Oil and gold spike, risk offered on US-Iran tensions
January has started 2020 with a flurry of risk-off moves as investors seek shelter from the risks of Gulf War III. The US air strike on Iran’s top general is the major focus for the markets, particularly energy markets. The killing has lit a fire under oil and gold as US-Iran tensions necessitate a higher geopolitical risk premium.
Risk is offered – European equity market sentiment is weaker on Monday morning and the major indices are lower. US markets closed weaker on Friday. Even in the event of a limited conflict in the region, I would question just how long this will persist when it entails leaning against the Fed, which looks more than ever like its happy to cut to the bone to let the economy run hot and drive inflation to 2%.
WTI spiked north of $64 but has failed to make a sustained push beyond the May 2019 highs. For this to really make a difference we should be looking for a rally above the Apr 19 highs at $66.60. If that does not get taken out then we may consider the gap to be open to filling. Brent has topped $70 for the first time in three months but again we are looking to the May 19 peaks above $73 to signal a step-change. Fundamentally oil markets are just not as exposed to oil price shocks as they were in days gone by. US shale and a host of production sources coming on stream mean the threat to global supplies from a Middle East conflict is, though significant, not gargantuan.
We have seen similar moves as those seen in the wake of the Iranian attack on Saudi Arabian facilities in September. That time the gap was filled relatively swiftly as there was no retaliation by Riyadh – there was no escalation. We are in a different territory here and a new order of magnitude, but the rules are the same.
The big uncertainties right now for crude centre on the Iranian response to the killing and on that front we should expect some kind of a response. Will Tehran target US bases? It could focus more on shipping in the Strait of Hormuz, but we have already seen attacks on a US base in Kenya killing three and rockets fired into the Green Zone in Baghdad. Iran does not need to use conventional military forces to respond and indeed so far it has not delivered a conventional military response despite all the chest thumping. It does not want to give the US further excuses to bomb it to the ground with an overt reply. Trump is no Obama – enemies believe he will strike. The White House has said it has 52 Iranian targets it will hit if Iran retaliates. European powers are calling for restraint, but the war is already raging. Whether it escalates into large-scale attacks over the coming days and weeks, and grows into a full-blown US-Iran conflict, is very hard to say. But the risk premium genie is out the bottle again.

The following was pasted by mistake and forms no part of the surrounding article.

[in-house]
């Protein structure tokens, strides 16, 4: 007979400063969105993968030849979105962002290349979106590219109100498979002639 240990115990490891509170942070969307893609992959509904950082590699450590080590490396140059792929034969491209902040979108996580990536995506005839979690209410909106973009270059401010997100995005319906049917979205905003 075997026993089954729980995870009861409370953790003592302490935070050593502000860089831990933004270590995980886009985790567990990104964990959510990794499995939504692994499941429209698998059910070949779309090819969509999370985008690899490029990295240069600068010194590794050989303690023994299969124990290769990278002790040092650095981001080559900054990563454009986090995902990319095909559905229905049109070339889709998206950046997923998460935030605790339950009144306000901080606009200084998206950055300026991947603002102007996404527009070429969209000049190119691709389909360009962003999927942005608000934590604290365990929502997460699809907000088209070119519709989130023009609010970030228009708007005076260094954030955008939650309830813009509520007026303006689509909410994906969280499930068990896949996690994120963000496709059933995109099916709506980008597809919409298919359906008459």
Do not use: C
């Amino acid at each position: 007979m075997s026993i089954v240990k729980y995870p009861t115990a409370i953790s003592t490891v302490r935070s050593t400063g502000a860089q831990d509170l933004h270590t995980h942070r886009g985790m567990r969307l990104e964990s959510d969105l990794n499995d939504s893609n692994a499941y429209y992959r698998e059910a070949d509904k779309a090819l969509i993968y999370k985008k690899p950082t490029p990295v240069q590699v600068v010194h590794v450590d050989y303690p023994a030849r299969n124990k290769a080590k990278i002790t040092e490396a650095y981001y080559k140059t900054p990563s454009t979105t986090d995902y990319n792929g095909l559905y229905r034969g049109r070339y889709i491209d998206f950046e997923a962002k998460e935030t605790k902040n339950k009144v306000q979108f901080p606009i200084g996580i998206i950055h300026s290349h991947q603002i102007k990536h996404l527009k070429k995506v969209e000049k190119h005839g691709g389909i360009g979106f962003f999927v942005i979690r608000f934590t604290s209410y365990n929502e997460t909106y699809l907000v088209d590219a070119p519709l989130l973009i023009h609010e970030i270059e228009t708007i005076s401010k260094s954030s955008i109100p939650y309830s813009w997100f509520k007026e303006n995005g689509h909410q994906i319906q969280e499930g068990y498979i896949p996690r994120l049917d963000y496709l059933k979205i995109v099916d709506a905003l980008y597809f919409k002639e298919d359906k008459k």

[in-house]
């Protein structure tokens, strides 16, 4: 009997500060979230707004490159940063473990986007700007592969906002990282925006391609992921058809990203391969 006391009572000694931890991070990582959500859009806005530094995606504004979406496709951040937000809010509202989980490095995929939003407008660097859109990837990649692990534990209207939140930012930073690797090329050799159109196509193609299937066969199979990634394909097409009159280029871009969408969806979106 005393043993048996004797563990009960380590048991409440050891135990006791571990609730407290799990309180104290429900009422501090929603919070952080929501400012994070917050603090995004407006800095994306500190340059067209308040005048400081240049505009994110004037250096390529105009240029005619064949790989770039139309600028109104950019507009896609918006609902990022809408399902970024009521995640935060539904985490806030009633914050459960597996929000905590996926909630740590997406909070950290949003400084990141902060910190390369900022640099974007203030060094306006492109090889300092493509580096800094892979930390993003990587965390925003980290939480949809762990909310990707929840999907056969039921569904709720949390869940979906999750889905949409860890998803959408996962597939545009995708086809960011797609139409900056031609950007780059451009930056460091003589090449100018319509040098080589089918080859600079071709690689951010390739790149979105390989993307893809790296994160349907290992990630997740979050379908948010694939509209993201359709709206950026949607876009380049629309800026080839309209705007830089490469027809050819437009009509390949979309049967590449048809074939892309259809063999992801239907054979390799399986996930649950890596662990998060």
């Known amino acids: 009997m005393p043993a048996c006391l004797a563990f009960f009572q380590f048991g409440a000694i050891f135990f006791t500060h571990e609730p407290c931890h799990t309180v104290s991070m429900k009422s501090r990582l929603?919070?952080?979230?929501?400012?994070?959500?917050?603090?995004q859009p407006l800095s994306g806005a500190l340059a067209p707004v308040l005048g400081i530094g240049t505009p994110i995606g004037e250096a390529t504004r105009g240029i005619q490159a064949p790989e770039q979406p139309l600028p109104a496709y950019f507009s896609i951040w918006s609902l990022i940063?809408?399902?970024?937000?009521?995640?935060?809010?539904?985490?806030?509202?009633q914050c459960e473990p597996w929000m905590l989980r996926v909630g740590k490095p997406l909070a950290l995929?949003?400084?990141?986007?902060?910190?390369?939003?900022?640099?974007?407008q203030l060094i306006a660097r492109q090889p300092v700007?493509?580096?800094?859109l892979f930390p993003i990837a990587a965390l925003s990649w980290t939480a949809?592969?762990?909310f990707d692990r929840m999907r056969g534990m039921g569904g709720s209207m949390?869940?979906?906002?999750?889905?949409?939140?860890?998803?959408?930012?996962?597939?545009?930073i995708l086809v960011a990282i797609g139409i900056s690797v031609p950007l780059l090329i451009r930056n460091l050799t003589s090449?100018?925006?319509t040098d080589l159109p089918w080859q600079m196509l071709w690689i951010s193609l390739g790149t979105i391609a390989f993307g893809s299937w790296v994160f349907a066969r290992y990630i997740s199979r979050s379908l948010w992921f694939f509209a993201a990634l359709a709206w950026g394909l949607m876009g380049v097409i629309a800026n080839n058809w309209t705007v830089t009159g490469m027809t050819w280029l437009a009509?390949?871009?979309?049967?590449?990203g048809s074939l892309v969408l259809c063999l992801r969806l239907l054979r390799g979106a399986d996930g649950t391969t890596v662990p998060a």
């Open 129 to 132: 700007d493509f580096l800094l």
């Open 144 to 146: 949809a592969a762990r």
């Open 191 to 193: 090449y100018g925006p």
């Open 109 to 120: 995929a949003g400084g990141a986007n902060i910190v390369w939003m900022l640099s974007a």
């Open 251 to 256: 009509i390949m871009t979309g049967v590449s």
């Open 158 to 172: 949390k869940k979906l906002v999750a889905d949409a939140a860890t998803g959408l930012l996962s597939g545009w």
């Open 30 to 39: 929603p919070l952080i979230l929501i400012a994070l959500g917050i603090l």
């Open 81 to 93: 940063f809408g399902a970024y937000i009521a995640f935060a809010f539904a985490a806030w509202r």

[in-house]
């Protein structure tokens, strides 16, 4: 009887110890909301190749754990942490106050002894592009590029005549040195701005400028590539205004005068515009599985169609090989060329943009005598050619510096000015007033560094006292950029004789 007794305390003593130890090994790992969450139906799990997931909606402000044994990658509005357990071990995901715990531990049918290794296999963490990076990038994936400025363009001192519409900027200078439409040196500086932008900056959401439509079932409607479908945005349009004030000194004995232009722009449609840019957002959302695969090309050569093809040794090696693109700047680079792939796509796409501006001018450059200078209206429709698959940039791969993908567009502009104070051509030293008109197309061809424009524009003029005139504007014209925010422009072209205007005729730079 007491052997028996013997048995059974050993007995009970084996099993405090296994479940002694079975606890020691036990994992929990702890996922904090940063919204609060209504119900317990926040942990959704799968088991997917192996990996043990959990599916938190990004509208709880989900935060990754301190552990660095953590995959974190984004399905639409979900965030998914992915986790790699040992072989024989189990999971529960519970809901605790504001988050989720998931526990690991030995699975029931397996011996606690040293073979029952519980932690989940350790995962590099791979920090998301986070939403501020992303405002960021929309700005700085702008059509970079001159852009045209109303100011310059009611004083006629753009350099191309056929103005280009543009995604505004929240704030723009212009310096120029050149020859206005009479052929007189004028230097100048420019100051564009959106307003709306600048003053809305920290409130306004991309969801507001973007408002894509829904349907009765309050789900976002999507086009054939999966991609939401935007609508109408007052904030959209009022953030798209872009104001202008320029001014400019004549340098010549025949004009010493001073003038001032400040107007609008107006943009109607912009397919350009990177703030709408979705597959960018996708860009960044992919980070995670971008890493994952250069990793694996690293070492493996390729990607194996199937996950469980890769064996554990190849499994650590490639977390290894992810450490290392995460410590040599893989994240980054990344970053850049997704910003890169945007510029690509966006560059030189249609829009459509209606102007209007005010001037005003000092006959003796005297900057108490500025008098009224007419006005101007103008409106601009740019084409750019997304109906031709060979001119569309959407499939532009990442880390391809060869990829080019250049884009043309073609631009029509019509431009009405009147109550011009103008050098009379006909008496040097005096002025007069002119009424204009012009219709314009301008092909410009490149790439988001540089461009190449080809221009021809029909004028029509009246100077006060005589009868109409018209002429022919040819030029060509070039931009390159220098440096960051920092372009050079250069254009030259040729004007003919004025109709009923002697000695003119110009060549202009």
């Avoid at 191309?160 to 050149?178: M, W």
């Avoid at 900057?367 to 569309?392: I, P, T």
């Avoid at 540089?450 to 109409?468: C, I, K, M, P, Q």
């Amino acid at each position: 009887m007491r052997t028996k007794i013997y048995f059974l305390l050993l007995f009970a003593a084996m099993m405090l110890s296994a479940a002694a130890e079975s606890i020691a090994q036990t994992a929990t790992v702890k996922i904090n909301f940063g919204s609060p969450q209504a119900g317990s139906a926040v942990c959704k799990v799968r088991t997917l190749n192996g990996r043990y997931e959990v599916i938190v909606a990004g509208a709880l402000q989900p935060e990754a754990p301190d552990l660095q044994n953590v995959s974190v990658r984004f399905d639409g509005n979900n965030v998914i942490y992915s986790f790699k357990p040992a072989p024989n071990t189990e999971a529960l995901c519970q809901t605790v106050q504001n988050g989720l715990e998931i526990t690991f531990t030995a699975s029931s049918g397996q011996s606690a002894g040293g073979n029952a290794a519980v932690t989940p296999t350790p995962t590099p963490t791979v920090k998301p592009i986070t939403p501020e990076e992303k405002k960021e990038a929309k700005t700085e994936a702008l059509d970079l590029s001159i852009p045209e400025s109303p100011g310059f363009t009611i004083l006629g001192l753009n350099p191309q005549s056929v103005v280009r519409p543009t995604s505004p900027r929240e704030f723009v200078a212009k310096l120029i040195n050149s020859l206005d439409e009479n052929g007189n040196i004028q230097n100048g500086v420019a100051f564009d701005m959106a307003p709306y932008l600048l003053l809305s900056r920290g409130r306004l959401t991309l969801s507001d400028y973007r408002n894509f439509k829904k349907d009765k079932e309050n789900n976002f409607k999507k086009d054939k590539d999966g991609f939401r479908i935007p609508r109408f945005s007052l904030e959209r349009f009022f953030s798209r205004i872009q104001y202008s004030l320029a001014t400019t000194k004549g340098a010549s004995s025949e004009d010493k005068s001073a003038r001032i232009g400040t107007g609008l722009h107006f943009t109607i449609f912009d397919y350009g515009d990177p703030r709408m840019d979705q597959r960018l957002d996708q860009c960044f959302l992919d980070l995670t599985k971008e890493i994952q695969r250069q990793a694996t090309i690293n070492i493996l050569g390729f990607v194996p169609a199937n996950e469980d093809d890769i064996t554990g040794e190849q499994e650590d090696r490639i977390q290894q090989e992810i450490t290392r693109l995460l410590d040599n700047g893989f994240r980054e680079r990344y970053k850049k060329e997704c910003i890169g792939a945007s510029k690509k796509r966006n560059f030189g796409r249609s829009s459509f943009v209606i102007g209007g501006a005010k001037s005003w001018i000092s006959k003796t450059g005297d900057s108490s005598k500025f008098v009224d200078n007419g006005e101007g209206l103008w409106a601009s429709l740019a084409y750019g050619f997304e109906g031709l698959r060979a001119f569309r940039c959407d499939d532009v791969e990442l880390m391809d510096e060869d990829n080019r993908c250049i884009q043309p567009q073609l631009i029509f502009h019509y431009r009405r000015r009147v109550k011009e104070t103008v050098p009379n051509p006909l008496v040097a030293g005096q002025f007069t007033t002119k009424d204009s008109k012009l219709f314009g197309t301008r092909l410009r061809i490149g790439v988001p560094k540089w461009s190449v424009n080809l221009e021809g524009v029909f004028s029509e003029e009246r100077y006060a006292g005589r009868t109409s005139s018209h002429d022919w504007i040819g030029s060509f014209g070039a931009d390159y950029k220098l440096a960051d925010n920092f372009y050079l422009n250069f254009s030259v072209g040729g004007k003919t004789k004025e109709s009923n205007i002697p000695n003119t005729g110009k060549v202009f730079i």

Tehran has however all but pulled out of the 2015 nuclear agreement, saying it will no longer limit its centrifuges for enriching uranium. This unleashes the prospect of Iran acquiring nuclear capability in the near future – given the US is already exerting ‘maximum pressure’ this risks pre-emptive actions on the part of the US a la Gulf Wars 1+2. Fundamentally there may be a bigger risk long term by Iran holding back from responding today and focussing on getting a nuclear weapon. My sense – and it is only my sense – is that if Iran responds aggressively now the US could set its nuclear programme back years with targeted strikes.
Gold is on a tear as a result of the heightened geopolitical risk and depressed US yields. Prices for gold jumped to the highest since 2013, rallying close to $1600 at $1588. We need to look for a break north of that round number and then to $1620, the March 2013 peak.
Data since the Christmas break has not been overly constructive – the US ISM manufacturing PMI fell for a 5th straight month, slipping to 47.2% in Dec from 48.1% in Nov and marking its worst reading sine Jun 2009. The effects of the trade war are biting – hopes are pinned on the US and China agreeing to the phase one deal this month or we are in for a rollercoaster.
Elsewhere, GBPUSD has settled above 1.30 having been sold off quite heavily over the first two trading days of the year. EURUSD has recovered the 1.1160 level. USDJPY has recovered 108 having taken a seven handle on haven bid. A lot of pressure on that pair as JPY finds bid but it could be overdone.
Brexit withdrawal bill vote – a majority of 80 makes this a formality.
Fed – Richard Clarida to speak. Minutes from the last FOMC meeting released on Friday show doves have won the day – worries about not hitting the 2% inflation target are prominent. Loretta Mester, a noted hawk, says she is happy to let inflation run above 2% and said accommodation is necessary. The hawks have turned.
Payrolls – Nonfarm payrolls could well show a softer Dec but seasonal numbers will make it hard to read. Fed is not doing anything but cutting anyway.